# working with Makefile'assets/*.styl', shell('make assets', cwd='assets'))

Frameworks Integration

Livereload can work seamlessly with your favorite framework.


For Django there is a management command included.

To use simply

  • add 'livereload' to your INSTALLED_APPS and
  • then run ./ livereload.

For available options like host and ports please refer to ./ livereload -h.

To automagically serve static files like the native runserver command you have to use dj-static. (follow the simple instructions there).


Wrap Flask with livereload is much simpler:

# app is a Flask object
app = create_app()

# remember to use DEBUG mode for templates auto reload
app.debug = True

server = Server(app.wsgi_app)


Wrap the Bottle app with livereload server:

# Without this line templates won't auto reload because of caching.

app = Bottle()
server = Server(app)


class livereload.Server(app=None, watcher=None)[source]

Livereload server interface.

Initialize a server and watch file changes:

server = Server(wsgi_app)
  • app – a wsgi application instance
  • watcher – A Watcher instance, you don’t have to initialize it by yourself. Under Linux, you will want to install pyinotify and use INotifyWatcher() to avoid wasted CPU usage.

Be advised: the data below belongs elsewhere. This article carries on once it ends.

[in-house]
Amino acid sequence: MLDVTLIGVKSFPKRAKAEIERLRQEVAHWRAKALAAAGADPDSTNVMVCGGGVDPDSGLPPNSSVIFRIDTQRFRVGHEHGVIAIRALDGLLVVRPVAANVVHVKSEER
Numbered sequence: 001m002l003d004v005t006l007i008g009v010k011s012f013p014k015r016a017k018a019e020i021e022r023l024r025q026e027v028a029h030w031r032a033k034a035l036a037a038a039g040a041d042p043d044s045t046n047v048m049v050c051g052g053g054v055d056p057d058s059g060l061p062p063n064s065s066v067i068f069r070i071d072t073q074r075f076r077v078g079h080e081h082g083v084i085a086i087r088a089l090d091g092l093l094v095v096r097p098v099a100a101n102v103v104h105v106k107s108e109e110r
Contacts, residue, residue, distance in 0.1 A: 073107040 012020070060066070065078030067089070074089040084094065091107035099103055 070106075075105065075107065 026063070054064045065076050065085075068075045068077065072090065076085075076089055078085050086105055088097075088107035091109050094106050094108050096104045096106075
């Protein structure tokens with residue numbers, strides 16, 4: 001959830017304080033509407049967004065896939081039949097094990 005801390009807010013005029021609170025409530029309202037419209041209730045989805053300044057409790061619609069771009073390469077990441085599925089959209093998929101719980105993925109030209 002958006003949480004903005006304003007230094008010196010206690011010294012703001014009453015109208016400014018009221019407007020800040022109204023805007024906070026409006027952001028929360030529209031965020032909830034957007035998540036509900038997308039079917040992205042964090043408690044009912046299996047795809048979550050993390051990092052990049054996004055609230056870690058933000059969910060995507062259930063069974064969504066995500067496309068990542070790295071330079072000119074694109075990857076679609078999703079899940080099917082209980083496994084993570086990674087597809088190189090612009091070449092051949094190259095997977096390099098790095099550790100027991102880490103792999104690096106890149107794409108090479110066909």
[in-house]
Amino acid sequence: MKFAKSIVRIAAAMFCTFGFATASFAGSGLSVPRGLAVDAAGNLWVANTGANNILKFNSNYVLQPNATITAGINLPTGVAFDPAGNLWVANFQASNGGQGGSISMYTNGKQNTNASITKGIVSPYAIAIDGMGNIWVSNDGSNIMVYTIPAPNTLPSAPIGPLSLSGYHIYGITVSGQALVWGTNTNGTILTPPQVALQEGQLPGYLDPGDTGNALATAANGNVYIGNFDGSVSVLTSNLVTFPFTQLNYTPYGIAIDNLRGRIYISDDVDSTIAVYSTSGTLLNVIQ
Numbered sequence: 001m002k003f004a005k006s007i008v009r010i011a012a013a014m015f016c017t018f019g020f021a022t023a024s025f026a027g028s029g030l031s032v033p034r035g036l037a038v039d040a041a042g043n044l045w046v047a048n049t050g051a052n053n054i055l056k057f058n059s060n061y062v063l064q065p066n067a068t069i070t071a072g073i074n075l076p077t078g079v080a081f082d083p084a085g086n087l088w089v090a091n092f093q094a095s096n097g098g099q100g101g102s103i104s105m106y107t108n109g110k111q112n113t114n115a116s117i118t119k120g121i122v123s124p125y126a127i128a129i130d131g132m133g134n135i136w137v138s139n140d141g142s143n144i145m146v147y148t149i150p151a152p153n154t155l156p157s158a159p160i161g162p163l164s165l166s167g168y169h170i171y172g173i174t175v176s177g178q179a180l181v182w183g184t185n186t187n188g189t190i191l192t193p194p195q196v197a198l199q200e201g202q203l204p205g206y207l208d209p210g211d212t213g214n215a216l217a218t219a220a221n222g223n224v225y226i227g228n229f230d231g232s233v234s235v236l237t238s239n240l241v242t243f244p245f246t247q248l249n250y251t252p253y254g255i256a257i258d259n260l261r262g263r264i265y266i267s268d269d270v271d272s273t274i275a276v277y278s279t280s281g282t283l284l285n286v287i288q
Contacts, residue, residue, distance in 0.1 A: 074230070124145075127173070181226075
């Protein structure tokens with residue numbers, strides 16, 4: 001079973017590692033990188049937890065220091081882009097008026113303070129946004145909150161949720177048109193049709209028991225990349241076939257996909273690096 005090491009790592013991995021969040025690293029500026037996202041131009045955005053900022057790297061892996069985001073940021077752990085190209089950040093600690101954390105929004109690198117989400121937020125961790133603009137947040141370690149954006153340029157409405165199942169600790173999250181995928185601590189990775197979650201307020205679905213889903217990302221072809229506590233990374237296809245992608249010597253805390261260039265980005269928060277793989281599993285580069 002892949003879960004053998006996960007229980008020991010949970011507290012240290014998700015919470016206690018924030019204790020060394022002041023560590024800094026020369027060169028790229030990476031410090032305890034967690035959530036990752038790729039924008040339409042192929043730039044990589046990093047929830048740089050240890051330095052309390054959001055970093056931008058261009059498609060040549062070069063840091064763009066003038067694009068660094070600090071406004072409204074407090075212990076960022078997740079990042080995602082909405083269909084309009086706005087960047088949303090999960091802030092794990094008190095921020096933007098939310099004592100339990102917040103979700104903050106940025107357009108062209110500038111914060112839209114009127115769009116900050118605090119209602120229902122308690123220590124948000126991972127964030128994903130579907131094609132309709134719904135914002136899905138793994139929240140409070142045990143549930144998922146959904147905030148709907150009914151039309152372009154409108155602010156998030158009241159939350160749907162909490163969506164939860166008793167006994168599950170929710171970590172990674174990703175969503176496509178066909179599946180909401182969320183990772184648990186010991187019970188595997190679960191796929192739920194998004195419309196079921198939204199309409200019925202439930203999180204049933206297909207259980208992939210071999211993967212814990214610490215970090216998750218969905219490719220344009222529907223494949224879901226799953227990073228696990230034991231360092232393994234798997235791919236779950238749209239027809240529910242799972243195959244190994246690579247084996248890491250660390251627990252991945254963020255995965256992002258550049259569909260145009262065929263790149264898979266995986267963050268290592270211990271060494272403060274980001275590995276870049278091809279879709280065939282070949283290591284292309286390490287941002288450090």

serve(port=5500, liveport=None, host=None, root=None, debug=None, open_url=False, restart_delay=2, open_url_delay=None, live_css=True)[source]

Start serve the server with the given port.

  • port – serve on this port, default is 5500
  • liveport – live reload on this port
  • host – serve on this hostname, default is
  • root – serve static on this root directory
  • debug – set debug mode, which autoreloads the app on code changes via Tornado (and causes polling). Defaults to True when is set, otherwise False.
  • open_url_delay – open webbrowser after the delay seconds
  • live_css – whether to use live css or force reload on css. Defaults to True
watch(filepath, func=None, delay=None, ignore=None)[source]

Add the given filepath for watcher list.

Once you have intialized a server, watch file changes before serve the server:'static/*.stylus', 'make static')
def alert():
    print('foo')'foo.txt', alert)
  • filepath – files to be watched, it can be a filepath, a directory, or a glob pattern
  • func – the function to be called, it can be a string of shell command, or any callable object without parameters
  • delay – Delay sending the reload message. Use ‘forever’ to not send it. This is useful to compile sass files to css, but reload on changed css files then only.
  • ignore – A function return True to ignore a certain pattern of filepath., output=None, mode='w', cwd=None, shell=False)[source]

Execute a shell command.

You can add a shell command:
    'style.less', shell('lessc style.less', output='style.css')
  • cmd – a shell command, string or list
  • output – output stdout to the given file
  • mode – only works with output, mode w means write, mode a means append
  • cwd – set working directory before command is executed.
  • shell – if true, on Unix the executable argument specifies a replacement shell for the default /bin/sh.